Sarah Burton talked of stripping things back to the toile, and of clarity and paring things down. So her show started with a model striding the bare boards of her set wearing the most divine white linen dress: full sleeves, the narrow bodice traces with fagoting and a luxurious amount of fabric in the skirt.
The stories behind the collection are many and rich. Two dresses were hand embroidered, not just by McQueens atelier but by everyone in the office including the HR department. “I love the idea of people having the time to make things together, the time to meet and talk together, the time to reconnect to the world,” said Burton who champions the collective act of creation. One cornflower blue dress featured sketches done by students at a life drawing class held at McQueen’s London store. The mohair sharkskin used for the suiting came from mills in Northern England. She used Irish linen from a female owned farm, and commissioned the light, lustrous linen. (“Beetling” involves covering linen in potato starch and pounding it with a wooden machine for hours). Burton upcycled lace from previous seasons melding it to leather for swashbuckling coats. The clothes were lavished with hand work and were exquisite. The layers of storytelling behind each garment, the human touch, made every piece even more special. It was stripped down but still so rich.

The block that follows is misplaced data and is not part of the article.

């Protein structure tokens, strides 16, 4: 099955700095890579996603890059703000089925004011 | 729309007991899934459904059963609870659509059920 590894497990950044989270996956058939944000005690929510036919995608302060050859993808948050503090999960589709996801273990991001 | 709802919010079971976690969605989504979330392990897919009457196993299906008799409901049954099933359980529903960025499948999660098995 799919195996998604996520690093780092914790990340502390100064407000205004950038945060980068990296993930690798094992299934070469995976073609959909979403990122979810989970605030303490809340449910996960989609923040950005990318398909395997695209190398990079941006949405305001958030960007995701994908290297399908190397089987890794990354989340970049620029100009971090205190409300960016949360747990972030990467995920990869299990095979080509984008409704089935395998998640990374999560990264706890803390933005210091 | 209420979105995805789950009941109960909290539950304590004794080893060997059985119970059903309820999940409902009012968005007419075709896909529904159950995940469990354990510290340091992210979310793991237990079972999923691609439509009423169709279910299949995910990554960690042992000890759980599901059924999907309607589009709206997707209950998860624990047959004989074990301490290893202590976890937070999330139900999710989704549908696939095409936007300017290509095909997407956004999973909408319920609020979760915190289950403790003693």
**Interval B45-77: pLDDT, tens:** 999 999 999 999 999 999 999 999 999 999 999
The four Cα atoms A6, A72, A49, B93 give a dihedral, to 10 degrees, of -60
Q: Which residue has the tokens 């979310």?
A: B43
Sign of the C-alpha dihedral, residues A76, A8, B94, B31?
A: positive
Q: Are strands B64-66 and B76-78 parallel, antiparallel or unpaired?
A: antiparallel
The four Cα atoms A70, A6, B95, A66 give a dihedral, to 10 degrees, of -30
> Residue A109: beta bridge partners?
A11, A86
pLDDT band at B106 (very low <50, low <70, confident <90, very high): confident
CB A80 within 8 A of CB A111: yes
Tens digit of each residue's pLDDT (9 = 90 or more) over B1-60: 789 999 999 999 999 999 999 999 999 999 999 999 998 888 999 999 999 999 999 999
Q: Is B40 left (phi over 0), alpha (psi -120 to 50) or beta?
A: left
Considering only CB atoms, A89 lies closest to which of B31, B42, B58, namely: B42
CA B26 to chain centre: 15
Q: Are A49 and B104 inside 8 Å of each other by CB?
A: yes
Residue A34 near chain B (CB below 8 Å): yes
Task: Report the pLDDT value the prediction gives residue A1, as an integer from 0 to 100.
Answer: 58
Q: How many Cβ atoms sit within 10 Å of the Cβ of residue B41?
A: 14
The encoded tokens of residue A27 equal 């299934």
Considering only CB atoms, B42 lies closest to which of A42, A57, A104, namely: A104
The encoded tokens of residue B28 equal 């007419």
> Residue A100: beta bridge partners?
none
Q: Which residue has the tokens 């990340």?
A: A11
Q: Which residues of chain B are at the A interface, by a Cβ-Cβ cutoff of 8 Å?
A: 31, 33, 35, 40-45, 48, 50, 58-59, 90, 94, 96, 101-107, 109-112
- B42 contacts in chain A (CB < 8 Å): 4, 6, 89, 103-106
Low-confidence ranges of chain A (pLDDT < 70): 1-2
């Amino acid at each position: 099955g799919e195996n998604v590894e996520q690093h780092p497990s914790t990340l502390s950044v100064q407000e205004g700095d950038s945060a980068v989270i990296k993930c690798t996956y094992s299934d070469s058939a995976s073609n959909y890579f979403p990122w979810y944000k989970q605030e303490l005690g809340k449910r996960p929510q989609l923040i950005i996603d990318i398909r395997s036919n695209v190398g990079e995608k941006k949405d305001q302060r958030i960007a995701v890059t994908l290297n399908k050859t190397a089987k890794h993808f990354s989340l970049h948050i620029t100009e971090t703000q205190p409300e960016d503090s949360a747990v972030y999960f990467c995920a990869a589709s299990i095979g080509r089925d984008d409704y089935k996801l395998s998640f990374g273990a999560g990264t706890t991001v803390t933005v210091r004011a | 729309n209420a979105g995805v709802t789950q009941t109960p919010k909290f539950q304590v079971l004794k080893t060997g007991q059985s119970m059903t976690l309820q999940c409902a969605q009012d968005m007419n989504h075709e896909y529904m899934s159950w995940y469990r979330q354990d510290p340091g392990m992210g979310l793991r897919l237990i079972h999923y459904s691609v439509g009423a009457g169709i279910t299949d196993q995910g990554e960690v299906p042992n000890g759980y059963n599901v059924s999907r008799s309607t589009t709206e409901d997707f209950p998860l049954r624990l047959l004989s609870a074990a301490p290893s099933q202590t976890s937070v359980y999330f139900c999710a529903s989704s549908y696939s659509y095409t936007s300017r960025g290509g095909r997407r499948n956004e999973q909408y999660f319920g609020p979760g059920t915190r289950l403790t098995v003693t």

by Claudia Croft